Sunday, October 29, 2006
End of October
The sleepy brown woods
Seem to nod down their heads to the winter
A line from a favorite old ('75) song (Old Tennessee) by a favorite old musician of mine(Dan Fogelberg) and such a wonderful description of this time of year!
Saturday was a great weekend to enjoy a last fall hike. As you can see in the pictures, the woods are indeed nodding their heads to the winter. At least I was smart enough to wear hiking shoes, instead of my usual Tevas as the snow level is getting low in the mountains. Daisy and I hiked up Neffs Canyon until the trail was steep and icy enough that I knew I'd be miserable slip sliding my way back down. Daisy loves the snow so it was a great day for her! Neff's is a small canyon at the top of a nearby neighborhood; it leads to the Mt Olympus Wilderness area. Earlier this year I found out an interesting thing about Neff's Canyon. There is a cave up there, somewhere, that for a long time was thought to be America's deepest cave. It seems funny to me that nobody around here seems to know about Neff's Canyon Cave. There is an interesting story on the web about it's exploration. It's now locked up because it's a very dangerous cave. Maybe that's why no one seems to know of it. I'm curious where exactly the entrance is. I't love to peak in, but so far I've not seen sign of it on my hikes!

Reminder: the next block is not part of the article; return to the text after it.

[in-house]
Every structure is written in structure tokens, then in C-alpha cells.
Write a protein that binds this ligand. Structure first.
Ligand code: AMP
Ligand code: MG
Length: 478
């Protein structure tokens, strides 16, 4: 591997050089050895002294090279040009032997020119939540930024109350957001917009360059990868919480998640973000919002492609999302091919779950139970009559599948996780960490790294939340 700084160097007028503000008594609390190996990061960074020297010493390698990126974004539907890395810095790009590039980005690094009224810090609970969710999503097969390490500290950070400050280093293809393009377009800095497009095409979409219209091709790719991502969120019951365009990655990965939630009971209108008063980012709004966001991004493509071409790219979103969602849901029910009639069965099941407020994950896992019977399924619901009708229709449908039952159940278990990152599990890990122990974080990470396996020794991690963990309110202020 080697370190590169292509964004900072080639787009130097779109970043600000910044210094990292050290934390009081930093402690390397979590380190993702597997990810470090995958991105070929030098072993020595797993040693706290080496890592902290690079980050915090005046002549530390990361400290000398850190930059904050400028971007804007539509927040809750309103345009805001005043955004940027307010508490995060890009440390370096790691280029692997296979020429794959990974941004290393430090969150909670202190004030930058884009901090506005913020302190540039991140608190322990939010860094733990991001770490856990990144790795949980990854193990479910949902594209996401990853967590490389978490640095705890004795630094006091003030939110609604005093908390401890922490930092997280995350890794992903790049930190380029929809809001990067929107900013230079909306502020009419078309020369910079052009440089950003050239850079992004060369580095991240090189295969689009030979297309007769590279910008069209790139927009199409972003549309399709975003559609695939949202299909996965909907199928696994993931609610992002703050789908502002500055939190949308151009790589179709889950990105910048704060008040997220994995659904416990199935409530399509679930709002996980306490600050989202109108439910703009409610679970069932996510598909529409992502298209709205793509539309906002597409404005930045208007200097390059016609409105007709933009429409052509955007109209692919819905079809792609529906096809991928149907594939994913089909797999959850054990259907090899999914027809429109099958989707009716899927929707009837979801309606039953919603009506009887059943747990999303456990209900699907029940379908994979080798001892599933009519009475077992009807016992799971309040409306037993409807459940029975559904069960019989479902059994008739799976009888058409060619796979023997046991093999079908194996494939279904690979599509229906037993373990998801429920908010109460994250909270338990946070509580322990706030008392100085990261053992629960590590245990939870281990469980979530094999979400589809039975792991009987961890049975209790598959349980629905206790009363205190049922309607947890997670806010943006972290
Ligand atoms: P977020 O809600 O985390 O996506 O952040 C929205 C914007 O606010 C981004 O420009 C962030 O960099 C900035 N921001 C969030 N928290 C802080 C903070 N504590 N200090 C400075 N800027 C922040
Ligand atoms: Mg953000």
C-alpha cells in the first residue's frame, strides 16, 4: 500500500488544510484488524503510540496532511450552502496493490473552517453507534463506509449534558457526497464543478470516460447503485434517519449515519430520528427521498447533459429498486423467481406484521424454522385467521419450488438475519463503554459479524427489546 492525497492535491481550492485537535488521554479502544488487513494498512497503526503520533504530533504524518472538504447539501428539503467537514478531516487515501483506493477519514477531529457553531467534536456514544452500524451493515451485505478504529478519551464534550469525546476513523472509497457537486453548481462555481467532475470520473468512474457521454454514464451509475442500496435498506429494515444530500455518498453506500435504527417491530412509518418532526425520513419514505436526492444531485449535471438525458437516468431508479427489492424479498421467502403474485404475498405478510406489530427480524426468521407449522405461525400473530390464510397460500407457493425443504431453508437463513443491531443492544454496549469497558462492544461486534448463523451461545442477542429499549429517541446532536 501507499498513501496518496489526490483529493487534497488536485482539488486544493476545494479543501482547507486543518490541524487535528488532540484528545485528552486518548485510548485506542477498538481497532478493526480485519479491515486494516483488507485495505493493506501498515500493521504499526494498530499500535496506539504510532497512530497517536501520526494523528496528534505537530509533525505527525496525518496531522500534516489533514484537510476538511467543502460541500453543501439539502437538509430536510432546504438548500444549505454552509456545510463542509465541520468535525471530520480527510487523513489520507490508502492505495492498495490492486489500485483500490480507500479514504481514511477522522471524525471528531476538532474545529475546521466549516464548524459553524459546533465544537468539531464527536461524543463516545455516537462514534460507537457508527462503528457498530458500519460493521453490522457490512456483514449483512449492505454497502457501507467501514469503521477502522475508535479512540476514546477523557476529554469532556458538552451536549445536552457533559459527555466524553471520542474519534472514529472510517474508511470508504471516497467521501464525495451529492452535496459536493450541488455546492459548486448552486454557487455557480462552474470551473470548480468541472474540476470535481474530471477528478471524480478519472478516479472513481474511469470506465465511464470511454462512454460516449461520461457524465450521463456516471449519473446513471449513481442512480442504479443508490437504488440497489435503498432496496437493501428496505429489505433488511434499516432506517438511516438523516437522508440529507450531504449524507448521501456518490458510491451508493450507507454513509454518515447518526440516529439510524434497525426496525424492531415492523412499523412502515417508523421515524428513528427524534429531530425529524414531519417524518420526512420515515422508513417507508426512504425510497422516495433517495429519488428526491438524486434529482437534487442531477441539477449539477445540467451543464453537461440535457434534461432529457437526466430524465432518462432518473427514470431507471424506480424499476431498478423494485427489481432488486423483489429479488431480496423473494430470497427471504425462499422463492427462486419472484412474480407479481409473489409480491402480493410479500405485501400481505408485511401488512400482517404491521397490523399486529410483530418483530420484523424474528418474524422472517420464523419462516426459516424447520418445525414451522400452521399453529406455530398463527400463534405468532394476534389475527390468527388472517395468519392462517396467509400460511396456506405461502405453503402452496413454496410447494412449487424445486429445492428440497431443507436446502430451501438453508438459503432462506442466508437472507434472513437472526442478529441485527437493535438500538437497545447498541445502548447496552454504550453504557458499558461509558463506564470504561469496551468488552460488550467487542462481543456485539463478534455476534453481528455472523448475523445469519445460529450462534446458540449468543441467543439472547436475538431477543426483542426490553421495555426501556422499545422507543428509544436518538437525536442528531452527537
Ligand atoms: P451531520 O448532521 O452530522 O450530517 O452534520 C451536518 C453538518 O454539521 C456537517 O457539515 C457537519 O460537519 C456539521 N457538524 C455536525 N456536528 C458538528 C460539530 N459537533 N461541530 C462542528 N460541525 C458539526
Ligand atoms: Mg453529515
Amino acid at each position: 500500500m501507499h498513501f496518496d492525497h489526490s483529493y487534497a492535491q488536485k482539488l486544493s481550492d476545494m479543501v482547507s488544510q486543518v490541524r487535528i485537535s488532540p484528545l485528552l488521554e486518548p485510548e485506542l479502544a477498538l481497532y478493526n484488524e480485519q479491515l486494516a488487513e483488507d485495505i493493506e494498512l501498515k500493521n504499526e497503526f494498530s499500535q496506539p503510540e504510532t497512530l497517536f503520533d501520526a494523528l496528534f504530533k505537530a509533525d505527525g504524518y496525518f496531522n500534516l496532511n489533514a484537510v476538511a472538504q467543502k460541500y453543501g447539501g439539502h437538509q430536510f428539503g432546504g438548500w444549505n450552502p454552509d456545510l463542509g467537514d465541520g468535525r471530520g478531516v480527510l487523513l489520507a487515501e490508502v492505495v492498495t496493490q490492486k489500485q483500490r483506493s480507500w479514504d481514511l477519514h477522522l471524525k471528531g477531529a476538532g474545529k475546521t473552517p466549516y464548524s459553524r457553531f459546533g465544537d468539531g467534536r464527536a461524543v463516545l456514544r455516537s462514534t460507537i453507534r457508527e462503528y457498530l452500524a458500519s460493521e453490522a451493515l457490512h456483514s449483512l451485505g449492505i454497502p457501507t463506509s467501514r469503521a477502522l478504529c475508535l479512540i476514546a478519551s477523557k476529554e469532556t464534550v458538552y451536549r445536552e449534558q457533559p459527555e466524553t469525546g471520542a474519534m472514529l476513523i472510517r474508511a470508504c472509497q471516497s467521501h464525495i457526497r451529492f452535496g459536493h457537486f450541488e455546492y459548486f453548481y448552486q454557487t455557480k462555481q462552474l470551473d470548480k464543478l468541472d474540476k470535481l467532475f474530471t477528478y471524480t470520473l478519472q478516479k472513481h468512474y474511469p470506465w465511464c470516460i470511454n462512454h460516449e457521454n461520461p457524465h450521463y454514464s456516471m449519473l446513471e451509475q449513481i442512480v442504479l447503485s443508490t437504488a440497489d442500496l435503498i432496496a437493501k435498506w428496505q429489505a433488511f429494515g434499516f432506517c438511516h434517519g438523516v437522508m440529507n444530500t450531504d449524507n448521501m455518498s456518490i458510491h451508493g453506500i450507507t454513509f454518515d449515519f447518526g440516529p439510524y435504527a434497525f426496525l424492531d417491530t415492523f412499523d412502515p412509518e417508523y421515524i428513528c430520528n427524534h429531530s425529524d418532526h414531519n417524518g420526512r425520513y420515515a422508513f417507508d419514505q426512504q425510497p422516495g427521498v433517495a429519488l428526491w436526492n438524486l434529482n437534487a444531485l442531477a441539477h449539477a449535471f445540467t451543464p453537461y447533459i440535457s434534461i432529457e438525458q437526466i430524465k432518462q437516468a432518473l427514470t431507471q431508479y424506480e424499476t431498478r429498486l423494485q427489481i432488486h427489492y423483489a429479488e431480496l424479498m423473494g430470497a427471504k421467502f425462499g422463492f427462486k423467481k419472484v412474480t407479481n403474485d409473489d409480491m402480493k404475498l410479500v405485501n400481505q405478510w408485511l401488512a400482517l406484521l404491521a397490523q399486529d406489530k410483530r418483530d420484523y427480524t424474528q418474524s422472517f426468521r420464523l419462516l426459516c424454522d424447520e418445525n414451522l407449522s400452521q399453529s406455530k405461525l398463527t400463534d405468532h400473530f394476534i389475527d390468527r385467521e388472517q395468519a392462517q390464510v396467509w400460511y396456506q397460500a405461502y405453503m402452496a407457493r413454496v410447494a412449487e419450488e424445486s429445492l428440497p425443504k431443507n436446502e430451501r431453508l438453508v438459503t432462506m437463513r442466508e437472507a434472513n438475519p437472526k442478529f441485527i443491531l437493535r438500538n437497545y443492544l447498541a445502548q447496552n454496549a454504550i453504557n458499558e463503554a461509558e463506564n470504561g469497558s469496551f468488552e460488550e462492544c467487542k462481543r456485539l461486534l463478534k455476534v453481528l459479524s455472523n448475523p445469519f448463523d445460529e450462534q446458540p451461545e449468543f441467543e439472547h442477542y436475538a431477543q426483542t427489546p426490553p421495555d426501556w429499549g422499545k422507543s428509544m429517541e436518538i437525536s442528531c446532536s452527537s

On Sunday we took our traditional pumpkin picking pilgimage. We head up north, stop at Jeremiahs in Ogden for breakfast (Voted Best Breakfast in Utah), head to Crystal Hot Springs for a nice soak, then stop at one of the farm stands along Fruit Way . The kids aren't so hip on this tradition any more, probably because it's a long drive, about 60 miles, to the hot springs, and takes most of the day, and they would rather be hanging around with their friends. I'm just glad that they humored me one more time; Matt's a senior this year so it may be the last family fall pumpkin pilgrimage. Breakfast was yummy, the hot springs delightful, and this year, probably because it's two days before Halloween, the pumpkins puny!
My husband Bob, my son Matt, daughter Sarah (in the middle) and her friend Neeka Pickin' Puny Pumpkins!
The pools at Crystal Hot Springs.
Man made pools, but it's a natural hot spring, which in addition to many other minerals has a high lithium content. I've always wondered if soaking there is fun way to self medicate undiagnosed manic depression! Maybe that's why the water feels so good!
Thursday, October 26, 2006